Teaching your children to take care of their oral health is critical to ensure they grow up with confidence and vitality. Ideally, you should start them off with their first dental assessment within six months of their first teeth erupting, according to the Canadian Dental Association. At the very earliest, dental care for children should begin by the time they are one year old, and every six months thereafter to catch any potential problems early.
Some people go through their entire lives terrified of visiting a dentist. Help your child to avoid this scenario by refraining from any hype that generates excitement or nervous tension. Bring a list of any current medications and information needed to complete the dental office’s registration and health history forms. For a visit without any administrative hiccups, it’s a good idea to find out in advance whether your insurance provider covers the costs and if you need to pay first and then claim a reimbursement. All this will help you avoid stress and frustration for yourself or your child.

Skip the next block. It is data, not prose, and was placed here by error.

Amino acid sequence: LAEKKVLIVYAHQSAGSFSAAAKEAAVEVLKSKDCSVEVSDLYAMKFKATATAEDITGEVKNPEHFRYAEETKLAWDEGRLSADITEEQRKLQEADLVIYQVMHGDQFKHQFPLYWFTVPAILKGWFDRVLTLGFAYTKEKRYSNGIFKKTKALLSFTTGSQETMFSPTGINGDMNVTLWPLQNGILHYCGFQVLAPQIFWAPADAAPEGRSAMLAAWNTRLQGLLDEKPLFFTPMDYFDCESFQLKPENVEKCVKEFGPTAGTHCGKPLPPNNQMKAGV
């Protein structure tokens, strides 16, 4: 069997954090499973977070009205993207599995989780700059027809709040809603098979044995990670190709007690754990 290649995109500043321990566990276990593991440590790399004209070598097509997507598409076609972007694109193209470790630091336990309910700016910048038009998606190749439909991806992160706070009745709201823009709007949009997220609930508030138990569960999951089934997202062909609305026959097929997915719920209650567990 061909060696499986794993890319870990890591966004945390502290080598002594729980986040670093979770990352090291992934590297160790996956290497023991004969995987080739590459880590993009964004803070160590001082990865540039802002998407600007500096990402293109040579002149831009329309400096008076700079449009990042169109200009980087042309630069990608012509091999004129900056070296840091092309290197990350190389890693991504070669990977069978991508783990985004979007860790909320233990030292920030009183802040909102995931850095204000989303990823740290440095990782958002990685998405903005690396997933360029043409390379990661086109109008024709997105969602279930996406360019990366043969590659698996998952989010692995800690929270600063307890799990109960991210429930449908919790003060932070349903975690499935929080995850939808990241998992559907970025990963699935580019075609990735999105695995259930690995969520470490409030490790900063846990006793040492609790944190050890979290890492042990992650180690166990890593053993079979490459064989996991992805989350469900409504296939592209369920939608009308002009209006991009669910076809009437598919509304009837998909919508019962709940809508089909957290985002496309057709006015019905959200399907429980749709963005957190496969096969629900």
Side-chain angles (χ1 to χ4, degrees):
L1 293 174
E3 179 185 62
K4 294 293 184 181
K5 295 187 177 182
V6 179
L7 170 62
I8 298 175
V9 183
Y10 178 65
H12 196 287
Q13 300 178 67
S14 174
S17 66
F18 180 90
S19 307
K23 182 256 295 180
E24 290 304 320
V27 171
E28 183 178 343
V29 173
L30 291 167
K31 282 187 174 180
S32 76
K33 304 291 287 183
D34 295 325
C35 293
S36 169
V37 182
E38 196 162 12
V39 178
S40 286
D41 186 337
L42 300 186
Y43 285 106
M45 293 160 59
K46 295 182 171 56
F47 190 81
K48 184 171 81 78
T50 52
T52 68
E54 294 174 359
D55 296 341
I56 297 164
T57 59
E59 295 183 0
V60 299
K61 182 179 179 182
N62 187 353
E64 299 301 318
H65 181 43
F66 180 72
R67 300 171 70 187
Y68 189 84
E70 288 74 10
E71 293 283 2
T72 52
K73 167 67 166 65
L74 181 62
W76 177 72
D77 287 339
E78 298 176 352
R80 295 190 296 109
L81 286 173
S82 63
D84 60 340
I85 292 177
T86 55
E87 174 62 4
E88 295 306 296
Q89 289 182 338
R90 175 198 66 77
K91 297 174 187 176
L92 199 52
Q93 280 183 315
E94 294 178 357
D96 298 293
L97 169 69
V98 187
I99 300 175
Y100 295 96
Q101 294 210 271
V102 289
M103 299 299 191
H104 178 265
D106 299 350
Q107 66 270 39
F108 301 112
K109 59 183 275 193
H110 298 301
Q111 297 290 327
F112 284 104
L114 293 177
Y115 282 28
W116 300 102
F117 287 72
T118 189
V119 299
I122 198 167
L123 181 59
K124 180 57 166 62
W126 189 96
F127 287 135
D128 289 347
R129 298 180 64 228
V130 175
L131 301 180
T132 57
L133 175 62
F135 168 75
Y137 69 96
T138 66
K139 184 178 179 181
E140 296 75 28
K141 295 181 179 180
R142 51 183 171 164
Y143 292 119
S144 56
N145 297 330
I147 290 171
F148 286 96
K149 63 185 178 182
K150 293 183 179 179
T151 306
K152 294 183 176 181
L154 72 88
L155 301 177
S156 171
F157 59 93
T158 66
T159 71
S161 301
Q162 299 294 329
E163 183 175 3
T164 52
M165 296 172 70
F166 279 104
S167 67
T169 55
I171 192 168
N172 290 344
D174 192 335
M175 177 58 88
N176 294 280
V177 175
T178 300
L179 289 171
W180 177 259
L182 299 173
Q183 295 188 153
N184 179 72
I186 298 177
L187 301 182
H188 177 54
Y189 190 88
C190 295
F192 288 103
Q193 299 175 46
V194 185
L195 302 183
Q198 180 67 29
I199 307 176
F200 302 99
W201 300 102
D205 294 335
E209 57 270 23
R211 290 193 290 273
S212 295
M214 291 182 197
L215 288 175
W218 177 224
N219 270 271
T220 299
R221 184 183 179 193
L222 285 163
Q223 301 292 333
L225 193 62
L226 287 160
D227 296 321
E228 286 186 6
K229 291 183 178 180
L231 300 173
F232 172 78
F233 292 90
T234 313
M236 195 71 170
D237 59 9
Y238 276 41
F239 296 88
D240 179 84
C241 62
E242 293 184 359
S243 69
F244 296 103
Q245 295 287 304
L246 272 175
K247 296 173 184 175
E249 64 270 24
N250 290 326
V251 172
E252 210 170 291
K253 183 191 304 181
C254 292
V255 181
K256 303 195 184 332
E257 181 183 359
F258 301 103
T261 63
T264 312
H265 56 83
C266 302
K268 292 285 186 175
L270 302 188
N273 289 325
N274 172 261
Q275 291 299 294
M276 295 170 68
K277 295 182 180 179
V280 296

Your child’s first “date” will usually be an opportunity for the dentist to get to know him (or her), and to form a relationship of trust that hopefully lasts throughout their childhood. The dentist will check the child’s teeth for any signs of decay, examine their bite and assess the risk of future problems with the gums, jaws and oral tissues. He’ll discuss issues pertaining to dental care for children with you, such as the use of pacifiers and nutritional tips, and will review your child’s current methods of cleaning to see if you need any help with these.
The type of dental problems that might exist around the time of your child’s first appointment could include:
The most important factor in dental care for children is to keep your child’s first dental visit as positive as possible. Scheduling a morning appointment may help to ensure the child is well-rested and not hungry around the time of the visit. Keep any anxieties you have about the visit to yourself, and you should never “bribe” a child to go to the dentist or use the event as a threat or punishment. Try to make it an enjoyable outing, because teaching good oral health habits at an early age can set the stage for ongoing regular dental checkups and avoid a lifetime of dental problems.
Do you ever feel nervous about dentist appointments? Rest assured: we cater to nervous and anxious patients in a gentle and considerate manner. Call us now to schedule a free consultation!